26 AUGUST 2013

32

Hmmm...
THINGS THAT MAKE YOU GO

"In almost all cases of operational risks leading to investigations at banks, the perpetrators colluded with bank insiders to different degrees," a high-level bank regulatory official said. And Tu's case triggered a wave of investigations. Insider crime at bank branches was cited as a nationwide concern recently by Shang. He urged regulators to watch for bank employees who, for example, write high-interest loans for bank clients outside official channels. Authorities say Tu pulled off a colossal Ponzi scheme that would have been impossible without help from inside the banks. Attorneys representing some of her co-defendants who used to work at banks say the scheme is quite common in Inner Mongolia. Tellers and bank executives have been known to get involved. One of Tu's fellow defendants, a woman named Tonglaga who was fired from a job she long held at BOC's Inner Mongolia business office, did not deny joining Tu, but testified that the scheme also must have had high-level support. On the witness stand, Tongala said getting a superior's permission to move any large sum of money at the bank was easy. "Whenever they saw Tu's name, they authorized it in two or three seconds." Tonglaga also testified that she always worked within full view of surveillance cameras, which meant superiors must chosen to have ignore transactions and other office activities related to Tu. Complicity apparently ran deep because even basic transaction rules were flaunted at branches where Tu did business. For example, according to BOC rules, a window teller is never supposed to move more than 50,000 yuan in a single transaction, nor handle more than 500,000 yuan worth of transfers in a single day. But tellers allegedly routinely moved millions and sometimes tens of millions of yuan on Tu's behalf in just a few transactions, prosecutors say....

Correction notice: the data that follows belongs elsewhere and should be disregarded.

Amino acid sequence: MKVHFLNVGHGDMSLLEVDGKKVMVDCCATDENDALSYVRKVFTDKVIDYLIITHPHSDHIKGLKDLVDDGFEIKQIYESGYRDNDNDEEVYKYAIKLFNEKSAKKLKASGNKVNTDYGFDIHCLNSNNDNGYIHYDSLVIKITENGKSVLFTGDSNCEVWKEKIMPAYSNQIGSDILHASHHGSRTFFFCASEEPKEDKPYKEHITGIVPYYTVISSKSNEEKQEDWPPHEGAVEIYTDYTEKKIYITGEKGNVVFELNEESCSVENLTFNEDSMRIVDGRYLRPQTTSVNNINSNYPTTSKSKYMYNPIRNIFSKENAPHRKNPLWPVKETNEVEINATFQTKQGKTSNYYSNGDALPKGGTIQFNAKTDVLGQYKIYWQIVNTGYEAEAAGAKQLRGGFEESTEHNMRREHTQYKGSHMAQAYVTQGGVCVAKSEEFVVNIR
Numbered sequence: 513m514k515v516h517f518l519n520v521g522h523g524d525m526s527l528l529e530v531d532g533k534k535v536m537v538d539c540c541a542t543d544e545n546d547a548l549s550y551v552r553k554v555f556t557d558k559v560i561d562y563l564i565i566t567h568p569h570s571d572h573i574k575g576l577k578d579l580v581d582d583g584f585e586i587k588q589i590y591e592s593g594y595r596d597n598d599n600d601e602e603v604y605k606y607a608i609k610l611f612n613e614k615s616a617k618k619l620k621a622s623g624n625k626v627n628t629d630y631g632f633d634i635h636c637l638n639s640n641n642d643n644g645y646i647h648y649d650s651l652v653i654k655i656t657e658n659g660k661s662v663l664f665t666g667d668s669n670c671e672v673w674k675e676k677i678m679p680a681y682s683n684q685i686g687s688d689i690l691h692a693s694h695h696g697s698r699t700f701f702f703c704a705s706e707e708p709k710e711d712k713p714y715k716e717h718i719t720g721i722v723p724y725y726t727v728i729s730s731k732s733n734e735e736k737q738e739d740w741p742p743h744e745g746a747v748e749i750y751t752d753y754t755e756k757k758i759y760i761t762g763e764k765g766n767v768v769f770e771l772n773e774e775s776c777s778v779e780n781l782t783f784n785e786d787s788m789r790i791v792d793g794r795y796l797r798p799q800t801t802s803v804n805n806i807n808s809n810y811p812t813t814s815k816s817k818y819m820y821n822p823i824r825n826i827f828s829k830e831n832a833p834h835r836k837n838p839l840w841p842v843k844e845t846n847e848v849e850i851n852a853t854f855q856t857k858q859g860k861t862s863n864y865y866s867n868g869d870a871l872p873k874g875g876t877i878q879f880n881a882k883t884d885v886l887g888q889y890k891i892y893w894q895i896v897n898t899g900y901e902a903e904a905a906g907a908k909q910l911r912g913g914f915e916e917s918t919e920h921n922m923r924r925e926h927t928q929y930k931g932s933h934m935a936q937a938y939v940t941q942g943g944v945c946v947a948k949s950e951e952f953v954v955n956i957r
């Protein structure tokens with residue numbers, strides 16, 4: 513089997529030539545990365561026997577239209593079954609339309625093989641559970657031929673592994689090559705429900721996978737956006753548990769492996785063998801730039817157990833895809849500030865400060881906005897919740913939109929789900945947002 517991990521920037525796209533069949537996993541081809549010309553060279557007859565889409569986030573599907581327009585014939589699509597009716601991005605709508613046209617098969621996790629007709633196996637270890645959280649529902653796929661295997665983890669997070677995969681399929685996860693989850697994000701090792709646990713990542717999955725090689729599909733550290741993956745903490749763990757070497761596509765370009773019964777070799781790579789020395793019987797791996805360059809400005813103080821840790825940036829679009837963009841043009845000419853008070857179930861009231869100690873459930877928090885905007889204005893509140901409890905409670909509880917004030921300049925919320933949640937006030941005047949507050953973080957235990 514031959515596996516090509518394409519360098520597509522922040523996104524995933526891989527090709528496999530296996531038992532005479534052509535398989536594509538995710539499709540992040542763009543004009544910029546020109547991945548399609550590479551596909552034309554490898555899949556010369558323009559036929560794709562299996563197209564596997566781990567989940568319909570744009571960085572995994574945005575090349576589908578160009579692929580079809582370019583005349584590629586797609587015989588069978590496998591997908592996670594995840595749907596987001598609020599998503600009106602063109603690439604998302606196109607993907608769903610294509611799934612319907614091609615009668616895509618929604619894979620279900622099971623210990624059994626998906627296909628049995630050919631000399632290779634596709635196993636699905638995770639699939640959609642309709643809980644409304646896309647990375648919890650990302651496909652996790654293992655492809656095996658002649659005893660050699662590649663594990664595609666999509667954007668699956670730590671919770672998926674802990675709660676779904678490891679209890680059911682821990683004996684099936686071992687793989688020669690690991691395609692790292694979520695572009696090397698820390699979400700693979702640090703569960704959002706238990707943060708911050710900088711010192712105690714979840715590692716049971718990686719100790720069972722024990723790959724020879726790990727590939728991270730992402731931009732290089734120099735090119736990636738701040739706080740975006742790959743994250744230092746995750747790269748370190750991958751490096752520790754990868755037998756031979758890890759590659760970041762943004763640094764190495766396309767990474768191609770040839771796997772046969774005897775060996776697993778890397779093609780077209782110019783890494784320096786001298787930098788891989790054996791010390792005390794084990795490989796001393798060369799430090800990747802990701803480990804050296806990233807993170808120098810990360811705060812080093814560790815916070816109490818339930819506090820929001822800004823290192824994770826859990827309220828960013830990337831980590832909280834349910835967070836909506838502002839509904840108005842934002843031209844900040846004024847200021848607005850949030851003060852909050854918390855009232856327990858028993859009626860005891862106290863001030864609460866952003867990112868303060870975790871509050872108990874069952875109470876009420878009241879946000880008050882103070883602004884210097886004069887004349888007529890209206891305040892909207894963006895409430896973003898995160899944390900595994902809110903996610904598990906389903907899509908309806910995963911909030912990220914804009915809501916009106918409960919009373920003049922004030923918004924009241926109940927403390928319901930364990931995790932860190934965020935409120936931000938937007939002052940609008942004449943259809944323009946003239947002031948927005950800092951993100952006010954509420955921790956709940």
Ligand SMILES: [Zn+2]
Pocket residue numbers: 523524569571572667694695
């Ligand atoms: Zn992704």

*** CAIXIN / LINK

26 AUGUST 2013

33

Hmmm...
THINGS THAT MAKE YOU GO

Charts That Make You Go Hmmm...

Source: Zerohedge

The Twentieth century may be remembered as the century of excess. In every